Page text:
Tuesday, August 15, 2006

Shopping therapy is a real phenomenon; photographs of a Tokina 28-105mm f/4.0 Pentax K mount zoom lens



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Some weeks ago, I borrowed a Canon EF 28-80mm lens to experiment with some photographic microscopy. Since then, I have been looking around on Ebay for a cheap, clean lens that must be at least as wide as 28mm. A wideangle Canon EOS kit zoom lens would work nicely, and also give me an extra lens if when I move into the Canon SLR realm. However, used 'cheap' kit lenses still sell at prices above what I can afford. Factor in the postage charges and the damage gets pretty nasty.

Yesterday, I went to a small used photographic equipment shop to try my luck. Fortunately, they were open.




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The proprietor took out several small cases of lenses, and opened each lens bag to reveal various optics from an era far removed from the present. I pointed at a mysterious lens in the glass case, and asked in Cantonese, "what about this one, this one with the Ricoh cap?" It looked promising, not too old as to be fungus infested, with the right proportions to be a wide-angle lens. The man took it out of the box and undid the lens caps to reveal the immaculate glass within. Around the front edge of the front element, a string of numbers caught my eye: 28-105 mm 1:4-5.3 Ø62

It met my first requirement- to be at least as wide as 28mm. It also surpassed the Canon kit lens’ telephoto range by going up to 105mm. It was reasonably fast, with a maximum aperture of 4.0. And the front element is huge, with a screw thread diameter of 62mm.




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Technicalities aside, it was also beautiful, not in an arty and aesthetic manner but a brutal functional beauty, the same kind of beauty one finds on the ugly curvaceous aerodynamic surfaces of a Formula 1 car, the kind of beauty that gets inscribed on by precise metal forming processes and careful designing by a roomful of engineers. The lens body was entirely made of black metal, and a red band around the front end of the lens gave it a bit of character. The zoom and focus ring had a ridged black rubber grip with helical grooves. And it had a direct, mechanical aperture control ring, made of metal, inscribed with an almost ethereal string of numbers.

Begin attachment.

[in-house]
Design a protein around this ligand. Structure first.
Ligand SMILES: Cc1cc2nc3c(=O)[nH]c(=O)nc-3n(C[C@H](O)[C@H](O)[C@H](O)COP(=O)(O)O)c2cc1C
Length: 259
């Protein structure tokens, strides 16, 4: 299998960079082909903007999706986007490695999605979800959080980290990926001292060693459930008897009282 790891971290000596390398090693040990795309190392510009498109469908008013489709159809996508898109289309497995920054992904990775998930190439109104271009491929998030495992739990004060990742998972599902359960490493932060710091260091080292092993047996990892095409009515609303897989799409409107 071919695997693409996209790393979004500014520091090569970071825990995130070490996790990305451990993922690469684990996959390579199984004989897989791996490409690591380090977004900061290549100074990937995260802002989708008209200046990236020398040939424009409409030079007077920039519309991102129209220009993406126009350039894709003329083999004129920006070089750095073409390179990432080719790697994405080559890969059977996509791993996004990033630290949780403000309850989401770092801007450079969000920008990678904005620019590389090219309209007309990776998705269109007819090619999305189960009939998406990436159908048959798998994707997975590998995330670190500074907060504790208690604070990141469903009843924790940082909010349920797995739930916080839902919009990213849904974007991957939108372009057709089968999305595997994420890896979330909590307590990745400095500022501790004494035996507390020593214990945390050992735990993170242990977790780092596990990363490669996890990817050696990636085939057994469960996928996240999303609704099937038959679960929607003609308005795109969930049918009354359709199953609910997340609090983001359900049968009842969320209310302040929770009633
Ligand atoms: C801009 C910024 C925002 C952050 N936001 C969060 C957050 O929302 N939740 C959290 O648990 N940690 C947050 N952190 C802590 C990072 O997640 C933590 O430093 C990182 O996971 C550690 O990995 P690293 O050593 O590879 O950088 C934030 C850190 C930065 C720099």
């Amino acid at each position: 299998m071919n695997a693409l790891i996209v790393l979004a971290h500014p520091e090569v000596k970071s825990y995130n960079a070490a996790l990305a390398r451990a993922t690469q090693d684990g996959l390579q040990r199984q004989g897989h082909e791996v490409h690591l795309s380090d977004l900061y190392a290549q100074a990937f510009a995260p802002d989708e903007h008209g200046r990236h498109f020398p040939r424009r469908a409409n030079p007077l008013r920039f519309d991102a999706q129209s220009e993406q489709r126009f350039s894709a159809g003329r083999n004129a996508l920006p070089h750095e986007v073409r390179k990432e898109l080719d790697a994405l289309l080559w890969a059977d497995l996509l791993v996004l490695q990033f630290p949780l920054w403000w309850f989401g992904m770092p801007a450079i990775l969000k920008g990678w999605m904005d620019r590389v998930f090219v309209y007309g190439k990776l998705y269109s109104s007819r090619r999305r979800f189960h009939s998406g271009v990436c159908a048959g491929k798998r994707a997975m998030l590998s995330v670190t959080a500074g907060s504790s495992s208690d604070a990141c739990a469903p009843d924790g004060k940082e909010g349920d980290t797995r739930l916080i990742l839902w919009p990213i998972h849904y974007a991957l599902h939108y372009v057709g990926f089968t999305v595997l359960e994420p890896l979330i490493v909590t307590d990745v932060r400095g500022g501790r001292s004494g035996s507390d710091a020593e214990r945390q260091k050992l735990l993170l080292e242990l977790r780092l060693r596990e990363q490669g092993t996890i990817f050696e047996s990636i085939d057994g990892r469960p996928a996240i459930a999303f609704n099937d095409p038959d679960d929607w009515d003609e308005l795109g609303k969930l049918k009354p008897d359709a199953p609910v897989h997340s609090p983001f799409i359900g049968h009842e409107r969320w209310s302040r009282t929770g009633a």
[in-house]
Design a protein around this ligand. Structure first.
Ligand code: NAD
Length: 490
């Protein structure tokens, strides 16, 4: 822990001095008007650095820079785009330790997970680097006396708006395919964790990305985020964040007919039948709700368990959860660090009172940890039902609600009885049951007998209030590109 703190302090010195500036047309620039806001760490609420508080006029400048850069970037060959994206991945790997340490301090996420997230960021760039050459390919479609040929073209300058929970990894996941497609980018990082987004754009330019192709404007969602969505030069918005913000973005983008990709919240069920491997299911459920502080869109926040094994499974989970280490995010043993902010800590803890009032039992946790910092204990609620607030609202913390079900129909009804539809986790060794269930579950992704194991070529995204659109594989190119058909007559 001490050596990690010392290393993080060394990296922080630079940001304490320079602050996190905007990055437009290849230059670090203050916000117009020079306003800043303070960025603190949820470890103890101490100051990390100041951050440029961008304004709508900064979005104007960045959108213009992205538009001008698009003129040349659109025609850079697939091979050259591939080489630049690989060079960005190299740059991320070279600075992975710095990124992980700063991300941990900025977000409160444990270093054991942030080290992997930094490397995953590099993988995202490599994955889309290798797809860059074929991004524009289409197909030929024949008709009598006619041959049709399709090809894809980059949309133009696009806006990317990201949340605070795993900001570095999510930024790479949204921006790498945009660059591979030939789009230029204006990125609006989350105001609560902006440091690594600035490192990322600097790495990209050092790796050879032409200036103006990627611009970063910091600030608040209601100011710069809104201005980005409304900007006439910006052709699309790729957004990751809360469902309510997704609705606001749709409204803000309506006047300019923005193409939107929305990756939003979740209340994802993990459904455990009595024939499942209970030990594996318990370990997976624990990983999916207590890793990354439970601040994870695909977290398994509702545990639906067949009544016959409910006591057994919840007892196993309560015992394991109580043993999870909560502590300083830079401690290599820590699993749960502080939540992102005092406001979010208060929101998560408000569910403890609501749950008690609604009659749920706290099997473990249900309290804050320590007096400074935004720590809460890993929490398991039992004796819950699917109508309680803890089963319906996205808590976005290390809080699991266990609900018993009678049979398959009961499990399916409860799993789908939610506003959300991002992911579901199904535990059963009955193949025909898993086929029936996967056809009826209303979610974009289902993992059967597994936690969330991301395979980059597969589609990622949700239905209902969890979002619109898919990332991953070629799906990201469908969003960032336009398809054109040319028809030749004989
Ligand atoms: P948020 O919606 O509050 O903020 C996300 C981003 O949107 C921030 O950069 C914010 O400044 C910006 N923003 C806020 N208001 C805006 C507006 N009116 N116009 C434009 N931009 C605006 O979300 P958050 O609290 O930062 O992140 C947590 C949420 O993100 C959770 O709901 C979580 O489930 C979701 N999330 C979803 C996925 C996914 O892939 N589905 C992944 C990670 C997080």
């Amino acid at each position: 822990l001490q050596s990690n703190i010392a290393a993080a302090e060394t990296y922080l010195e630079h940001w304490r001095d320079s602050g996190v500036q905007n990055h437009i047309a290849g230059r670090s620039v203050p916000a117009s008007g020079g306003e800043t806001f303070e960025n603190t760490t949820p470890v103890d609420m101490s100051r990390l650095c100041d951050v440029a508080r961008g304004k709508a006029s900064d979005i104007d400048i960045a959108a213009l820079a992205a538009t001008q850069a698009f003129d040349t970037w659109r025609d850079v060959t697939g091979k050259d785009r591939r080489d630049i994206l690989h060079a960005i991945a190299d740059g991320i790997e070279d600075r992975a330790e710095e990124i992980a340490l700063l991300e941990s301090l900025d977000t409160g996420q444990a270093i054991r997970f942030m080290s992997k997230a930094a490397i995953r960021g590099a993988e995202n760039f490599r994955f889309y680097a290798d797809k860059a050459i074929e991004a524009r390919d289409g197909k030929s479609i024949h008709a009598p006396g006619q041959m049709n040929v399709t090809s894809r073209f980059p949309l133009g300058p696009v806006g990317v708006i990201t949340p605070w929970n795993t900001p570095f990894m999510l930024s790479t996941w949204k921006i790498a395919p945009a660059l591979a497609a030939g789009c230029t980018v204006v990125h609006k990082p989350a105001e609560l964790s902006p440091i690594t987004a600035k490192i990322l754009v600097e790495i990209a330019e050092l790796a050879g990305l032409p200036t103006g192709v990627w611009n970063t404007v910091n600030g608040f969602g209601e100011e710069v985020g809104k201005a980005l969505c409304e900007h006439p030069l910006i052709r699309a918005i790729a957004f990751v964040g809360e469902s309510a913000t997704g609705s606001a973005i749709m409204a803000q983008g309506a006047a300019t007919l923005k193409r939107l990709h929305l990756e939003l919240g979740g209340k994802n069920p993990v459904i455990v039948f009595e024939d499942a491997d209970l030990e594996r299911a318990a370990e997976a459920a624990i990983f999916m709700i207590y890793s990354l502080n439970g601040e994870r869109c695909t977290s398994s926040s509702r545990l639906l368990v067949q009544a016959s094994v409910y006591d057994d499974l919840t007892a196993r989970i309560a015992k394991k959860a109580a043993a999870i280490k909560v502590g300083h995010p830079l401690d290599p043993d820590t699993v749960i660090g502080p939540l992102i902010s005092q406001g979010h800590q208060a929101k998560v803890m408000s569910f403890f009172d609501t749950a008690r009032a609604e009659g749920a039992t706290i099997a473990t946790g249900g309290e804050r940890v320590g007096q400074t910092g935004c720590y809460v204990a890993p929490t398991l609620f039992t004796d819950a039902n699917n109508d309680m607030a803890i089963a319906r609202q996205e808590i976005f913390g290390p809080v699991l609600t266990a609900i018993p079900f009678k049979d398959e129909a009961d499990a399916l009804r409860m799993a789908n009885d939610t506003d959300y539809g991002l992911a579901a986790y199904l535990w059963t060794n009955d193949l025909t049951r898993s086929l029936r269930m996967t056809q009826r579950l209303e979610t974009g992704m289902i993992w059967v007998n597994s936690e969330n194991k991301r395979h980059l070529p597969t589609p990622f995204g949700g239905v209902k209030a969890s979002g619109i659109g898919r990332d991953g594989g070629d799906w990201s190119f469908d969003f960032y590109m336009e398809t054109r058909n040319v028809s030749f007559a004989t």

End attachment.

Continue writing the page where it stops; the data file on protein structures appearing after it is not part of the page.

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I looked through the lens, and the glassware was acceptable with only slight blemishes in a few of the internal surfaces. The metal aperture ring turned with precise clicks, and six blades within the lens opened to reveal an increasingly larger aperture. The focus ring turned with a fluid action, smoothed with some sort of vicious damper within the housing. Pieces of glass danced to steps precisely choreographed by grooves in the rotating housing, and the focal distance changed accordingly.

To cut an already long story short, I purchased it. It came with a 62mm skylight filter which I had no need for, so I had it swapped for a 49mm close-up No. 4.




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2 Comments:

Blogger Dr. Tan said...

You should have went Canon. So I can use also when you come back!

12:35 pm, August 15, 2006  
Anonymous NaiveIdealist said...

eny u got new lense again..

10:12 pm, August 18, 2006  

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